The Atlantic Daily: The Fed Wants to Cool the Economy. What Does That Mean for You?

Here’s what might happen if interest rates are raised.

Stefani Reynolds / AFP / Getty
The Marriner S. Eccles Federal Reserve building is seen through chain link fencing in Washington, DC, on January 25, 2022.

The United States economy expanded more in 2021 than it had in any full year in decades, according to data released today by the Commerce Department. But the inflation rate also grew.

Concerns over rising prices helped prompt the Federal Reserve to indicate this fall that it would incrementally raise interest rates in 2022, in an attempt to slow the economy. Yesterday, Chair Jerome Powell signaled that it’s on track to make its first hike in March.

So what does all that mean, and how might Americans feel the effects of higher interest rates in their everyday lives? I asked a few experts.

Higher interest rates make it more expensive to borrow money.

The Fed lowered rates in 2020 to try to stave off the pandemic recession. As Angela Vossmeyer, an associate economics professor at Claremont McKenna College, explained to me over email, “Low interest rates incentivize consumption.”

Now that the economy has turned around and inflation is mounting, the Fed wants to slow things down a bit.

The official Fed interest rate influences interest rates throughout the economy, including the rates at which banks are willing to lend consumers money. So if you’re looking to buy a house later this year your mortgage rate might be higher.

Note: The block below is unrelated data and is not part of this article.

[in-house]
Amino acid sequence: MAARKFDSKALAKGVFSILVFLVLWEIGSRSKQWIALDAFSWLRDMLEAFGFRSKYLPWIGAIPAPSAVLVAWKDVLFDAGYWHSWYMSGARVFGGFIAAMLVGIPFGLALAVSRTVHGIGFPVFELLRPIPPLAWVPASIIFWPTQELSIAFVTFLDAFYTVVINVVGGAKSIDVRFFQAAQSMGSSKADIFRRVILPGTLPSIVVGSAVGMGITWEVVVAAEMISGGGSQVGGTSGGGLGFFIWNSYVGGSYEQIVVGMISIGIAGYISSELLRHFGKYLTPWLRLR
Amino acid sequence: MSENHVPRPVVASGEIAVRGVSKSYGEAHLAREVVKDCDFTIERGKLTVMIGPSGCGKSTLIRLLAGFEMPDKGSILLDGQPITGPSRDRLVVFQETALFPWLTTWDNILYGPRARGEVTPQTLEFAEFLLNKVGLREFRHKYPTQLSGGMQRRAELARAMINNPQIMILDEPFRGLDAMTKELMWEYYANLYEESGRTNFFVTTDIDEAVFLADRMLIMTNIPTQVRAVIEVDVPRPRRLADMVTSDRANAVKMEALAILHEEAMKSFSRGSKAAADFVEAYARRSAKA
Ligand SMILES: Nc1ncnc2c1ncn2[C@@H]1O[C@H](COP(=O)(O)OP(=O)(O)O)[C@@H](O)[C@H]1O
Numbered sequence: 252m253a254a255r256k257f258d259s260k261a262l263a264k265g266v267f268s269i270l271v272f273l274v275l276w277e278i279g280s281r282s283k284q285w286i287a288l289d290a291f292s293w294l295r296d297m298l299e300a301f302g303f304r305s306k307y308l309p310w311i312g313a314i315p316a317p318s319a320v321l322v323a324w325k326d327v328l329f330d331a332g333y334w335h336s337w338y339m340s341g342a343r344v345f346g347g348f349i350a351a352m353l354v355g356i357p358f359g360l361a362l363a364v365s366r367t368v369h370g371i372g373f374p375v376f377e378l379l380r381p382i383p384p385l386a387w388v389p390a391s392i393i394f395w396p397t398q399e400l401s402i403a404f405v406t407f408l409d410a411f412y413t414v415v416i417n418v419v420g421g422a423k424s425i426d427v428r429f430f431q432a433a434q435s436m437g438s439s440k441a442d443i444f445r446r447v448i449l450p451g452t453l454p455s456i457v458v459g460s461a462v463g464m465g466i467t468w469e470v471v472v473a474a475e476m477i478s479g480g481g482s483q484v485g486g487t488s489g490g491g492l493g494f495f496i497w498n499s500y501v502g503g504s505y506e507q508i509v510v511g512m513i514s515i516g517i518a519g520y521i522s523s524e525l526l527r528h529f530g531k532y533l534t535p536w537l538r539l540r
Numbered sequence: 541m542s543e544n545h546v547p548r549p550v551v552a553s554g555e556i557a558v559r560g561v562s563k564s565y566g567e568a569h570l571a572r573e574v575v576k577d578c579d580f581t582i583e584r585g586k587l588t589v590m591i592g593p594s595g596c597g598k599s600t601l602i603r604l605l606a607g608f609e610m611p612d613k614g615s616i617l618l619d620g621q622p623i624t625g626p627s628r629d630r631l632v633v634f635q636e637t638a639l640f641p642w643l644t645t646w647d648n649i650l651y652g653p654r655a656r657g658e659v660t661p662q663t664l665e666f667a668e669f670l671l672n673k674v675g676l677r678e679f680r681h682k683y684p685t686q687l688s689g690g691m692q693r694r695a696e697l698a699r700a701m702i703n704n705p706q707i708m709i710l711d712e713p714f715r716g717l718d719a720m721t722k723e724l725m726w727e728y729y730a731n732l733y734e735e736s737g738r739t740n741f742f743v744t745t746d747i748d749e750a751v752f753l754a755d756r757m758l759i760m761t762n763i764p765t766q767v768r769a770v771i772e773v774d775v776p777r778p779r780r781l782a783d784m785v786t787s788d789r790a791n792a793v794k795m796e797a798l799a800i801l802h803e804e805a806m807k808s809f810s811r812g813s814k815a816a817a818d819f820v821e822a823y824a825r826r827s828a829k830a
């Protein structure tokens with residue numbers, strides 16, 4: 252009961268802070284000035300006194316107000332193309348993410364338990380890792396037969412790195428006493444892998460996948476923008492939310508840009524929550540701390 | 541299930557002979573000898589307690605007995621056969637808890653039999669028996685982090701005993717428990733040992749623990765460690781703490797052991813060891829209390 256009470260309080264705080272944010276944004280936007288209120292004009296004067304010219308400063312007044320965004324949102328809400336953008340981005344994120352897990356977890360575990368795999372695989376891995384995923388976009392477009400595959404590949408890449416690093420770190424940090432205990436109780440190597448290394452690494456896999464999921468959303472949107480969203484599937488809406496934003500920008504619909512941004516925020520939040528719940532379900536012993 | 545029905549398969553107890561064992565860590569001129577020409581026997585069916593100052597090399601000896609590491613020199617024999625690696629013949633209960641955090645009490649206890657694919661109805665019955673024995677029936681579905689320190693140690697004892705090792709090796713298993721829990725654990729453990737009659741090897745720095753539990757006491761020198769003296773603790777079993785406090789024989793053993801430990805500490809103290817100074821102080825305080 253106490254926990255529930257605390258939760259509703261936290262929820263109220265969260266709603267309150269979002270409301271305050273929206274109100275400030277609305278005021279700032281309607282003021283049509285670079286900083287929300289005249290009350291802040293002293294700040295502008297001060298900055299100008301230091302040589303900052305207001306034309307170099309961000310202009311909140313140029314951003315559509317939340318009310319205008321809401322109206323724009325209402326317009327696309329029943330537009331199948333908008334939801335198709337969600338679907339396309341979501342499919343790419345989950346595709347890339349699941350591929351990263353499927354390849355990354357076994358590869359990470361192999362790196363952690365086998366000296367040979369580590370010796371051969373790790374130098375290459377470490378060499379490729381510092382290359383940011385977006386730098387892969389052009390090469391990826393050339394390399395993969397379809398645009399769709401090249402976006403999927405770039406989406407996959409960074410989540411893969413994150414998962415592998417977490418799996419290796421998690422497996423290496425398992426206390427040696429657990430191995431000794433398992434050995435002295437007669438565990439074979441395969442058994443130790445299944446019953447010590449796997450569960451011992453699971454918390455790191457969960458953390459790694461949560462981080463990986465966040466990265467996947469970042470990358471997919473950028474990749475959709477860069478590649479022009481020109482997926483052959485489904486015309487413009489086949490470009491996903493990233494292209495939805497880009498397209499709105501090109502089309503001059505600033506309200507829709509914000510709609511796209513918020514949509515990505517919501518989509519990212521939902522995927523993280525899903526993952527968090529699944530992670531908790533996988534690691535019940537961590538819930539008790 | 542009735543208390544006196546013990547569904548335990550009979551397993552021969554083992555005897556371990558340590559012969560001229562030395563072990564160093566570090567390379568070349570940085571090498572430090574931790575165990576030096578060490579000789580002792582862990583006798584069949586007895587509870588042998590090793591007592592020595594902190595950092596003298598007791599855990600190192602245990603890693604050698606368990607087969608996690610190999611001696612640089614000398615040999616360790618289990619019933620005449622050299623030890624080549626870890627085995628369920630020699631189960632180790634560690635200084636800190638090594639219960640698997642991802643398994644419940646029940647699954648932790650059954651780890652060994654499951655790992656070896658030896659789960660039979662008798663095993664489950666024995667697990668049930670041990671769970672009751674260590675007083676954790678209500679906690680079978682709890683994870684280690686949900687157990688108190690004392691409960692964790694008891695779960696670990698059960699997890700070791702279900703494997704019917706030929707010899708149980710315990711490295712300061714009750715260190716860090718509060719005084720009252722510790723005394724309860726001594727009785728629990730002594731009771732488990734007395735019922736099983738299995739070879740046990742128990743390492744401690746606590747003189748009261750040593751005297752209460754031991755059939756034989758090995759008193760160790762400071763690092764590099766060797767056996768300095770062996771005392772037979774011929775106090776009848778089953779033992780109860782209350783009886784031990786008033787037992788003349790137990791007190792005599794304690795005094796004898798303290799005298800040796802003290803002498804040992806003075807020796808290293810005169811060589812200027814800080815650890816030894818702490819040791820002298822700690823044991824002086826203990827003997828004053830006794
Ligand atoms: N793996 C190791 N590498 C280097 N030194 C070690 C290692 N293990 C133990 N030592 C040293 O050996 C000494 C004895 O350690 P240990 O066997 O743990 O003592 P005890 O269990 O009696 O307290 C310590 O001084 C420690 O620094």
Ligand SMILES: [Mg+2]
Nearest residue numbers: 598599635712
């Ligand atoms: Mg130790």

In general, “individuals seeking bank loans or lines of credit to purchase a car, remodel their home, expand their business, or even purchase retail items with credit cards will see monthly interest payments higher than what we have seen in the last two years,” Vossmeyer said.

“On the other hand,” she pointed out, “with interest rates going up, Americans will have safe and meaningful outlets for saving again.”

The housing market—which has been wild—may be tamed as the cost of mortgages go up. And if inflation slows or reverses, as intended, purchasing power will increase.

But that doesn’t mean the Fed’s move is an economic cure-all.

“We often treat the Federal Reserve like the Wizard of Oz, but it’s not as powerful as some people think,” my colleague Derek Thompson told me this afternoon. “It has no easy button to press that will automatically reduce American spending on all durable goods or relieve supply-chain snarls, which are the driving forces of inflation.”

“The Fed is powerful, but the forces of national and global economics are much, much more powerful,” Derek said.

A black and white portrait of Stephen Breyer, visible from the shoulders up.
Jewel Samad / AFP / Getty

The rest of the news in three sentences:

(1) President Joe Biden officially announced the retirement of Justice Stephen Breyer and said he would nominate a replacement before the end of February.

(2) The Coast Guard is ending its search for the dozens still missing after a boat capsized off the Florida coast.

(3) Gas stoves are even worse for climate change than previously thought, a new study found.

Today’s Atlantic-approved activity:

Get excited for the year in movies: Fresh off the Sundance Film Festival, our Culture writers Shirley Li and David Sims highlight 16 indie movies to look out for in 2022.

A break from the news:

Can medieval sleeping habits fix America’s insomnia?